Big Red Community Service Updates

As Lawrentians adapt to being back on campus, community service events have also started again, as Fall Weekly Programs have begun for students in the III, IV, and V Forms.

As Lawrentians adapt to being back on campus, community service events have also started again, as Fall Weekly Programs have begun for students in the III, IV, and V Forms. In response to the pandemic, the Community Service Office has updated its graduation requirement for this year.

As part of the graduation requirement, all students must complete a Lawrenceville Community Action Project (LCAP) by their IV Form year, which requires students to either participate in a one-term weekly project, be a counselor at Lawrenceville School Camp or Lawrenceville Performing Arts Camp, or take part in a Harkness Travel Program Service Trip. According to Director of Community Service Program Rachel Cantlay P’07 ’09 ’11, “The entire focus foundation of our program is our [LCAP], [which] is all about connection and having students form relationships with the people they are working with.”

Because last March’s LCAP projects were interrupted due to Covid-19 restrictions, this year’s selection process will prioritize IV and V Form students who have not yet fulfilled their LCAP requirement.

Describing the strangeness of the virtual setting, Cantlay reflected, “We want [students] to get a chance to know the people that they are working with [and] the folks that they are connecting with. Right now, it’s the opposite of what we do, to not be able to be with people in such a regular way.”

This year, term-long weekly programs have shifted their focus to ensure that students can still form the same connections over Zoom as they did in person. As a result, there are also fewer students and programs available this fall, which allows participating students to focus on developing quality connections. However, students will still have the chance to work with local schools and organizations this fall, such as tutoring eighth graders at the Christina Seix Academy over Zoom.

According to Cantlay, many of this year’s service programs are “a combination of programs falling into the categories of academically driven tutoring, activities, games, and programs that are more interactive and fun.”

The Community Service Office also plans to adapt one-time events. For the class of 2021, students will only need to fulfill one one-time event credit, as opposed to three. Ultimately, Cantlay hopes to “try to come up with one time event credits that would be in person, such as a food drive…or working a soup kitchen that needs people to wrap up utensils.”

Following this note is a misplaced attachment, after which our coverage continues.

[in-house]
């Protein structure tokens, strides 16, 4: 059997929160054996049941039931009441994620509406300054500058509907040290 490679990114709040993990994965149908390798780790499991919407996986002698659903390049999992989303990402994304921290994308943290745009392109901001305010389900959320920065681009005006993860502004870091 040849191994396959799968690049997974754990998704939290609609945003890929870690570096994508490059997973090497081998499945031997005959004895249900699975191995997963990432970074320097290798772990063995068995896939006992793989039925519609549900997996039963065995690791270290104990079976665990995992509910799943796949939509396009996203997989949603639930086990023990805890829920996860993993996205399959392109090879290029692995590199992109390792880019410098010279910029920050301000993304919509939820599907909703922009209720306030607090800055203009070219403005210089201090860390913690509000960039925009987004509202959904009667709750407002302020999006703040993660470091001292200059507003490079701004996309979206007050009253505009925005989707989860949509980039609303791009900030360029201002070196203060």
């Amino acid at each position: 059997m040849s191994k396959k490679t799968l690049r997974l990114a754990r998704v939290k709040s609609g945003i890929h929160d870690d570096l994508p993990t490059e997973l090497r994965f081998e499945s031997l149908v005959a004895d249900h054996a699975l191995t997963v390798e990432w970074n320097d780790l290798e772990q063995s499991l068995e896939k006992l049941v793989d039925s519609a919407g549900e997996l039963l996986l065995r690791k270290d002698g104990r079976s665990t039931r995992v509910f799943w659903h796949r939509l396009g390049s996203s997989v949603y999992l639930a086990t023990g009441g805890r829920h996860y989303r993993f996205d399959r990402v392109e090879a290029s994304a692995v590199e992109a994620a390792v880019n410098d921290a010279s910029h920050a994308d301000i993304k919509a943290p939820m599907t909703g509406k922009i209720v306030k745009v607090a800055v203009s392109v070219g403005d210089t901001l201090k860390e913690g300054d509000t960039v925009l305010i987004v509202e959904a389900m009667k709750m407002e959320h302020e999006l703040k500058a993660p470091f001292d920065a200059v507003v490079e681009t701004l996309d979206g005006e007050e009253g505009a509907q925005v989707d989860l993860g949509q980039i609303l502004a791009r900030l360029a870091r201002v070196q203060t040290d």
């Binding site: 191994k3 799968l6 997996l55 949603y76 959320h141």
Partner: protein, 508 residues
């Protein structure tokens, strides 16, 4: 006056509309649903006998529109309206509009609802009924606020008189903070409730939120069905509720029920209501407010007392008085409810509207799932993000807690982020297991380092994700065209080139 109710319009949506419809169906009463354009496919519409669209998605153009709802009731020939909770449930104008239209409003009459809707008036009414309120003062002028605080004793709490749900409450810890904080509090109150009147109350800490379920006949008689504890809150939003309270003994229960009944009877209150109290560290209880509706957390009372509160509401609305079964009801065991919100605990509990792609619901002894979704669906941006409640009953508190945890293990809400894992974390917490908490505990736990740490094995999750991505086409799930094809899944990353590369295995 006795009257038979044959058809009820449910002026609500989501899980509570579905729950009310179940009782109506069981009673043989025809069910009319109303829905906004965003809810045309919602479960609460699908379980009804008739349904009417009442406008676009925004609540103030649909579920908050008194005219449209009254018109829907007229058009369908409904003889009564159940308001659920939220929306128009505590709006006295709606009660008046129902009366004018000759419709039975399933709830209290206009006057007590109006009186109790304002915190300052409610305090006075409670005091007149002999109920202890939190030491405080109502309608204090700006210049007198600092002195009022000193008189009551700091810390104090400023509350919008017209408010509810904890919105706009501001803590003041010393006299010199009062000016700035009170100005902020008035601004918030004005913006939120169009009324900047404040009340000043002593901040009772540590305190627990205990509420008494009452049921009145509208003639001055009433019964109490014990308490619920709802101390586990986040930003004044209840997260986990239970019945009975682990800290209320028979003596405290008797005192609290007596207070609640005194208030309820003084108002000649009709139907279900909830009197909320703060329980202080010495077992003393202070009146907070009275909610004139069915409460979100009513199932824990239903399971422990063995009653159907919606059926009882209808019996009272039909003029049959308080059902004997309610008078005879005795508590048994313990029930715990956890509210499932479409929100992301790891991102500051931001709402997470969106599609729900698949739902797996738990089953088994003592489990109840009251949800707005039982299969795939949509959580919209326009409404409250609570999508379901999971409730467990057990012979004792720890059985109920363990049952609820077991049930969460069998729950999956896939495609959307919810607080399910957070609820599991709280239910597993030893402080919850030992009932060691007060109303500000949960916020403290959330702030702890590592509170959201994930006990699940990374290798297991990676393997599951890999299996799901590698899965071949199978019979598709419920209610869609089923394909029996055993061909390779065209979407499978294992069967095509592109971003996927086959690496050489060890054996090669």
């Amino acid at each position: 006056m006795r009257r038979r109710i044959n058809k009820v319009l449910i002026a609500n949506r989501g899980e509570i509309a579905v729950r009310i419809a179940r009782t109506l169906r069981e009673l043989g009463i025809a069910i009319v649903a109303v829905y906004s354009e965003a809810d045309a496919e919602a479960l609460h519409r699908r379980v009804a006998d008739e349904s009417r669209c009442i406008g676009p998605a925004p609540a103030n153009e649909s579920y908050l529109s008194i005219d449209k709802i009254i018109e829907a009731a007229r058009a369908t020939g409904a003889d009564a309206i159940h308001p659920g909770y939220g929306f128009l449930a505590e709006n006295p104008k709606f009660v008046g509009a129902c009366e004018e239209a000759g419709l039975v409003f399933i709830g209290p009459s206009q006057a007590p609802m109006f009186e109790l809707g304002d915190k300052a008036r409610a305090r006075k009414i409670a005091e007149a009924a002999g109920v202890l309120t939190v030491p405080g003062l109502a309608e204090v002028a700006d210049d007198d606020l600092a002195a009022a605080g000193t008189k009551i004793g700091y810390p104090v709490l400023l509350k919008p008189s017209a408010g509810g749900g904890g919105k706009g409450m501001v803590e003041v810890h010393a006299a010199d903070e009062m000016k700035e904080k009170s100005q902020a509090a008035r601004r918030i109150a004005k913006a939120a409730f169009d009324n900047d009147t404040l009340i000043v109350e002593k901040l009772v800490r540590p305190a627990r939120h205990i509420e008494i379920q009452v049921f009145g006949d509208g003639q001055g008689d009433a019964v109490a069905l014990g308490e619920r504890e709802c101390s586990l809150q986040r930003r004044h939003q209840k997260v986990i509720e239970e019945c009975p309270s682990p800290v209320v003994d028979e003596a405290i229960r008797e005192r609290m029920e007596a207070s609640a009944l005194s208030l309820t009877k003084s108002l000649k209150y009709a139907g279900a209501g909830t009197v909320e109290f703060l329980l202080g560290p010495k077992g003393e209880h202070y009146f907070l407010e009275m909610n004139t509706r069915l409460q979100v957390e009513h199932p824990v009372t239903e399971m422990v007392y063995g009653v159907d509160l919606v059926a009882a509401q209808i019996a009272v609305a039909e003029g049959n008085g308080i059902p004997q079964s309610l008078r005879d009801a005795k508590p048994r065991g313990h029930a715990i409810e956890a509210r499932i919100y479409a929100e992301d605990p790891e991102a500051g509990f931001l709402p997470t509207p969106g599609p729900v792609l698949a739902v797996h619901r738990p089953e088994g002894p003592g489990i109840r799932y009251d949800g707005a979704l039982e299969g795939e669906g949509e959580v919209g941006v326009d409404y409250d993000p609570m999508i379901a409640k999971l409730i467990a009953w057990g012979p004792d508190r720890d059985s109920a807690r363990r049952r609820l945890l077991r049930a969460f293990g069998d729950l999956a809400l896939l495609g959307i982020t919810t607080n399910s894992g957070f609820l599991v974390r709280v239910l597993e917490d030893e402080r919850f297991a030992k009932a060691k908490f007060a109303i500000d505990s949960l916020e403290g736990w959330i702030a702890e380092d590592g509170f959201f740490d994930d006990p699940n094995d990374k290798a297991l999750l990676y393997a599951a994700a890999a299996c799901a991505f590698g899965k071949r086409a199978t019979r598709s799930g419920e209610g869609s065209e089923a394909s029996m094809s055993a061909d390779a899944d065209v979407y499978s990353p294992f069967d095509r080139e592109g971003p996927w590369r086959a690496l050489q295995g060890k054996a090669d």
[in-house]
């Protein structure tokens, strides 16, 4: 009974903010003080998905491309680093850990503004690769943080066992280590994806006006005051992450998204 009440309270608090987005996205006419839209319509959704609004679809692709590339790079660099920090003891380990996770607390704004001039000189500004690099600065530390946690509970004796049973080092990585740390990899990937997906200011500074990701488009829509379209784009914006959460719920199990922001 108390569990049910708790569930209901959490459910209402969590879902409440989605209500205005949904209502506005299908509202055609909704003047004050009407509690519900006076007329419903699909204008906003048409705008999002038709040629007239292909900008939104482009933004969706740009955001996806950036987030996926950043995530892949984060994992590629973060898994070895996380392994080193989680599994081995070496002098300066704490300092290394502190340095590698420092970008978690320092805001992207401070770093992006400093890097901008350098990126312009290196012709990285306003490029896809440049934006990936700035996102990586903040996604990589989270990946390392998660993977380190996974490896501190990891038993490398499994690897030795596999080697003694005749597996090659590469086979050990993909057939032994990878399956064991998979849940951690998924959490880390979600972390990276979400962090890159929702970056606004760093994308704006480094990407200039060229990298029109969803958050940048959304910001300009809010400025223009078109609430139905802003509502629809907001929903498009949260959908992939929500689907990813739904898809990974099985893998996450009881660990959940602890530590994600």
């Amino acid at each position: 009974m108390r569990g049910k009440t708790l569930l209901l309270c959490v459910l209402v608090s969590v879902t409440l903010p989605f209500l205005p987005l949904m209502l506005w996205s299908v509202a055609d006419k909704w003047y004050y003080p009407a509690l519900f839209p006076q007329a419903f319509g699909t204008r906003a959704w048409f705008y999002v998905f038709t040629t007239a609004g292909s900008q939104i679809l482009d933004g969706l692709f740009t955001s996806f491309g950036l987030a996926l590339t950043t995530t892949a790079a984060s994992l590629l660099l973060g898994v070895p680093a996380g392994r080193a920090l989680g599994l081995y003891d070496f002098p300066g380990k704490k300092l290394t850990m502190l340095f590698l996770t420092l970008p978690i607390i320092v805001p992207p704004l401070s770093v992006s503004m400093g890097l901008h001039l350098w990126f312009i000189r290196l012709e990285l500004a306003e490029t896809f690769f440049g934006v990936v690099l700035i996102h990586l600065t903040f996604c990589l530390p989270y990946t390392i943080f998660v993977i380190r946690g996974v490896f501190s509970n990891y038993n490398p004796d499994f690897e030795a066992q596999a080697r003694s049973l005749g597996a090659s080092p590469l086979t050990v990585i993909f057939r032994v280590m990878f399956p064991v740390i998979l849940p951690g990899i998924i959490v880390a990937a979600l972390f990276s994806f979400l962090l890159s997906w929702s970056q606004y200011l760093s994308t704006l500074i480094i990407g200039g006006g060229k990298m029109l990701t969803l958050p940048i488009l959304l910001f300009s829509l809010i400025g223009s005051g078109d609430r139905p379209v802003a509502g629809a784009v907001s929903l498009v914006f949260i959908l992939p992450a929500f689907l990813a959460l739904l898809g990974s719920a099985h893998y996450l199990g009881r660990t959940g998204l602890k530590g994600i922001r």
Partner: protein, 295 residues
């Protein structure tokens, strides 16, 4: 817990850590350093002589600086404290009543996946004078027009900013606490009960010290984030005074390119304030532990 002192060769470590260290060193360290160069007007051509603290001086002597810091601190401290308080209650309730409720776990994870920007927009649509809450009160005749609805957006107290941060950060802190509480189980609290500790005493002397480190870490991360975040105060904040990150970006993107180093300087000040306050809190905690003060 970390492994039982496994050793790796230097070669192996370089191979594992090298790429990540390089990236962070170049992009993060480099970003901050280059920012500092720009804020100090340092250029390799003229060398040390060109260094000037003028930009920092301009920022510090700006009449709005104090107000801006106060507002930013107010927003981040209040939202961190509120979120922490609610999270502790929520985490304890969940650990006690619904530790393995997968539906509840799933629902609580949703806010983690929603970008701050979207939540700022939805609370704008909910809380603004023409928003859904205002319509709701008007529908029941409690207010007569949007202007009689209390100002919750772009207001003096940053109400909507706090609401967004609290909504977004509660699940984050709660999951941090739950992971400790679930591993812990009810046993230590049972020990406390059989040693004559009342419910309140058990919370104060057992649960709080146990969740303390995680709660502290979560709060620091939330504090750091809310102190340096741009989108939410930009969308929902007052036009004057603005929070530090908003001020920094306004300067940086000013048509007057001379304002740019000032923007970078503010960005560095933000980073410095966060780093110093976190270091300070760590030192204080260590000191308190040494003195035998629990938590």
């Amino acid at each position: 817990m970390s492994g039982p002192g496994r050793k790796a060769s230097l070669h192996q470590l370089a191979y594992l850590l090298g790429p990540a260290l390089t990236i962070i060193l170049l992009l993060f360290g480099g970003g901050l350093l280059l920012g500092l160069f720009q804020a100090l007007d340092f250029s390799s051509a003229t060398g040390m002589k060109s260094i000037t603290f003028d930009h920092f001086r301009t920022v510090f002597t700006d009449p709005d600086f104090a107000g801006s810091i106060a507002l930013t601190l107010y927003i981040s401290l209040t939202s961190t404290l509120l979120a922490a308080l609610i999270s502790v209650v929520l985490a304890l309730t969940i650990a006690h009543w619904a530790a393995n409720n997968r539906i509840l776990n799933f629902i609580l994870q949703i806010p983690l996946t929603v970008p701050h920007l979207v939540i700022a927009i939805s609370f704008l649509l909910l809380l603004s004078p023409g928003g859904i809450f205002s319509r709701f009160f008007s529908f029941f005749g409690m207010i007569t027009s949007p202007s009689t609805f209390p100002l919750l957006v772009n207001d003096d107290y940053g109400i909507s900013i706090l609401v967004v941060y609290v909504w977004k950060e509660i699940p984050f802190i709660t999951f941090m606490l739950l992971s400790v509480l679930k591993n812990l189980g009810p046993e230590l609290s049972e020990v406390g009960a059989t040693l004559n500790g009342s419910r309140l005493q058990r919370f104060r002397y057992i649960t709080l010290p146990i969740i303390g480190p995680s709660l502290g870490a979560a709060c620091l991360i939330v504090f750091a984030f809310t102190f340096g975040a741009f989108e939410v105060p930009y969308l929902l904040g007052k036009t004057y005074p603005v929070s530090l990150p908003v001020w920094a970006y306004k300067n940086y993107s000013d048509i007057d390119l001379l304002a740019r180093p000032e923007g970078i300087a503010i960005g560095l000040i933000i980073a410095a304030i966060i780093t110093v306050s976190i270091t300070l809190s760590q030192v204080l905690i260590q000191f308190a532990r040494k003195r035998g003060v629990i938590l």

Reflecting on community service events this past spring, Cantlay described how last spring’s events helped give her a direction: “It was kind of chaotic and crazy when everyone joined the Zoom room during weekly programs, but it all seemed to work out. That was a pleasant surprise to me…I think having that one successful event in the spring helped us know how to approach the fall.”

However, one of the biggest challenges of maintaining community service on campus has been “keeping in touch with partner organizations…When you think something is working, it bounces, then falls off, especially when there are big technology problems,” said Cantlay.

In addition to the Fall Weekly Program, Student Council Community Service Representative Lauren Mckinnon ’21 has been working alongside the Community Service Office to try and create new opportunities for students. Through her work this year, she hopes to involve students who “do not take community service seriously and in a meaningful way” by giving them more opportunities to participate.

One of her key initiatives this year was to encourage students who are new to community service to join philanthropic clubs at Lawrenceville. Through creating a Buzzfeed quiz, which can be found on the StuCo website, she hopes to match students to clubs that fit their schedule and passions. In addition, she wants to continue highlighting student achievements through selecting “Volunteers of the Month.” According to McKinnon, “You can be 15, 16, or 17 and still make a difference [and become] a source of inspiration for the student body.”

In addition, while this year’s annual Martin Luther King Jr. (MLK) Day of Service will likely be moved to the spring, McKinnon also hopes to “make MLK day a full year experience in order to prolong connections [with organizations] by making sure that students have prior knowledge and understanding of the communities they are working with.”


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